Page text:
Every once in a while, America's community of film critics puts their heads together and decides to anoint a new star. It's usually a young actress, and she's usually working in a movie that in some way seems below her gifts — whether it's Amy Adams shining in the terrific but low-budget indie Junebug, or Rachel McAdams in the sappy The Notebook, or Emily Blunt being tart and awesome in the middlebrow The Devil Wears Prada. And it's happening to Anna Faris today, as nearly every review of The House Bunny, her fluffy new comedy, takes great pains to praise her performance to the skies, even as they often dismiss the movie. Can America's movie critics make Anna Faris a star? They're certainly trying!
Slate's Dana Stevens calls Faris "enormously gifted" and hopes that someone will "write her the role she deserves." The Times' Nathan Lee proclaims Faris "our reigning queen of intelligent stupidity" even as he offers the movie itself a shrug. The A.V. Club's Scott Tobias calls her "one of this generation's most gifted comediennes" but asks, "Can someone please fire Anna Faris' agent?" And LA Weekly's Scott Foundas goes a little Faris-crazy. "The movie is basically on one level," he writes, "and Faris on another — in that exclusive aerie occupied by Judy Holliday, Carole Lombard, Lucille Ball and a few other blissfully original comedy goddesses."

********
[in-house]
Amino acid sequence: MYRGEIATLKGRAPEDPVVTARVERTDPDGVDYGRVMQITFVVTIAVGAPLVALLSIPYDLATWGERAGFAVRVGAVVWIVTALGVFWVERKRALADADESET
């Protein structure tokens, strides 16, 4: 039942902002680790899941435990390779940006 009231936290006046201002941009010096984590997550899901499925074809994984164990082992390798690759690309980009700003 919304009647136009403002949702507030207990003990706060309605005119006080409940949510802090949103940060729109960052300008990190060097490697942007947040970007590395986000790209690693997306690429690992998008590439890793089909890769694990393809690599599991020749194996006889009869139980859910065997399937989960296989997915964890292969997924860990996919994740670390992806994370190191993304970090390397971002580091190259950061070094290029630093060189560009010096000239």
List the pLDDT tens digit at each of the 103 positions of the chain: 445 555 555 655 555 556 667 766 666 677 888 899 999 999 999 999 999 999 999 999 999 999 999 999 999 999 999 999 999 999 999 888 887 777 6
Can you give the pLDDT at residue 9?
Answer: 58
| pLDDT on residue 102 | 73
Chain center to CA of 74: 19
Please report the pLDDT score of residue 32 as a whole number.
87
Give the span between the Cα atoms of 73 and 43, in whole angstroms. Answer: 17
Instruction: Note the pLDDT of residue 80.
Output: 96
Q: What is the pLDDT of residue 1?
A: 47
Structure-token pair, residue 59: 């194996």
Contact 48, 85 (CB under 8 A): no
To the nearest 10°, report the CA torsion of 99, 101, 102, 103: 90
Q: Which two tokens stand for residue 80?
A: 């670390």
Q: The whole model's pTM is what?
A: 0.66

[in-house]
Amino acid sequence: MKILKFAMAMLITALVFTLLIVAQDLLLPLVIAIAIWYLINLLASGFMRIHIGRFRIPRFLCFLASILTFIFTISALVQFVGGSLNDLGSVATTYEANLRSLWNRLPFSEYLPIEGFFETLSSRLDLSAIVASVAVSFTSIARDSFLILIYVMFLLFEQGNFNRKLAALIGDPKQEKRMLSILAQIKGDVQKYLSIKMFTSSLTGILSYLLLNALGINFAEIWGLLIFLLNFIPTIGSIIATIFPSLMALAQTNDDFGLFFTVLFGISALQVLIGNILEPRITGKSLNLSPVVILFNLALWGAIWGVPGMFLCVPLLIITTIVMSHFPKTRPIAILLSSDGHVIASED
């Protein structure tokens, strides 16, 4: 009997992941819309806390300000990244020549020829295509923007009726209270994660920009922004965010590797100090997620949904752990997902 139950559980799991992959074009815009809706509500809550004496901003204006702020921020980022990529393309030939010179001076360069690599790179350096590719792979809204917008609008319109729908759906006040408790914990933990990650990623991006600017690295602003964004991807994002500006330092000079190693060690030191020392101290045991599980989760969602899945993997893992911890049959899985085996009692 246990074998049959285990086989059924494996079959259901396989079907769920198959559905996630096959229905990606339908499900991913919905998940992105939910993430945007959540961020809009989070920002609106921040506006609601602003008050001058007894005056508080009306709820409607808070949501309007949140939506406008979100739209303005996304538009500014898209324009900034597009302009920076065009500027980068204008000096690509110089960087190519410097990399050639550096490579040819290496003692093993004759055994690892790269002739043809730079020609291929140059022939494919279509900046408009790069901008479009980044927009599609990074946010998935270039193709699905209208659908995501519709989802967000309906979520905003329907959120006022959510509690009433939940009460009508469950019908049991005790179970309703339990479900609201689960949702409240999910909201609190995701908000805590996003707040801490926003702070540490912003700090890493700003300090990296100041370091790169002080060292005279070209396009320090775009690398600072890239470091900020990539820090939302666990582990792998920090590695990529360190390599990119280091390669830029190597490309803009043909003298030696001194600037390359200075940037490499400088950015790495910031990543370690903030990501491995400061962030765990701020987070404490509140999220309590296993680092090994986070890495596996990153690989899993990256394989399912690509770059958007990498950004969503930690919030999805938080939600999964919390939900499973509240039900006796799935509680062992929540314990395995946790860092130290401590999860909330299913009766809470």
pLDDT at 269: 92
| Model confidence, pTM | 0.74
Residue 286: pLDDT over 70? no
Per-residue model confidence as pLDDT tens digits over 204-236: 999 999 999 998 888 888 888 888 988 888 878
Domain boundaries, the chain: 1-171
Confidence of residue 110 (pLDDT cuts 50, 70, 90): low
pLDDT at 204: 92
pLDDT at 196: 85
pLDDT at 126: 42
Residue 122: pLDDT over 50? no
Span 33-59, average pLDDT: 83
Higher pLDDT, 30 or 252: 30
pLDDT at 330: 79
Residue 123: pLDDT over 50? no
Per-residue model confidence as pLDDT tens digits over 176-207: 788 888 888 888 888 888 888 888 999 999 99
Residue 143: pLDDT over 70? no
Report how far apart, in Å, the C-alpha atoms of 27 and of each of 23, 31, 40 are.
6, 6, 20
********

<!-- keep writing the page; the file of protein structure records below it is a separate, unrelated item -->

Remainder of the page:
Wow! Is she really that good? Or are America's critics just desperate for someone to offer a fairly funny actress an actually funny movie? We quite like Anna Faris, but there's an element of frustration on the part of these critics in Faris's not-yet-great career that seems to manifest itself in slightly over-the-top praise. Hey, maybe she really is as good a comedienne as Lucille Freaking Ball. Or maybe, just maybe, Vulture buddy Anna Faris's dad sent everyone else fan letters defending his daughter, too.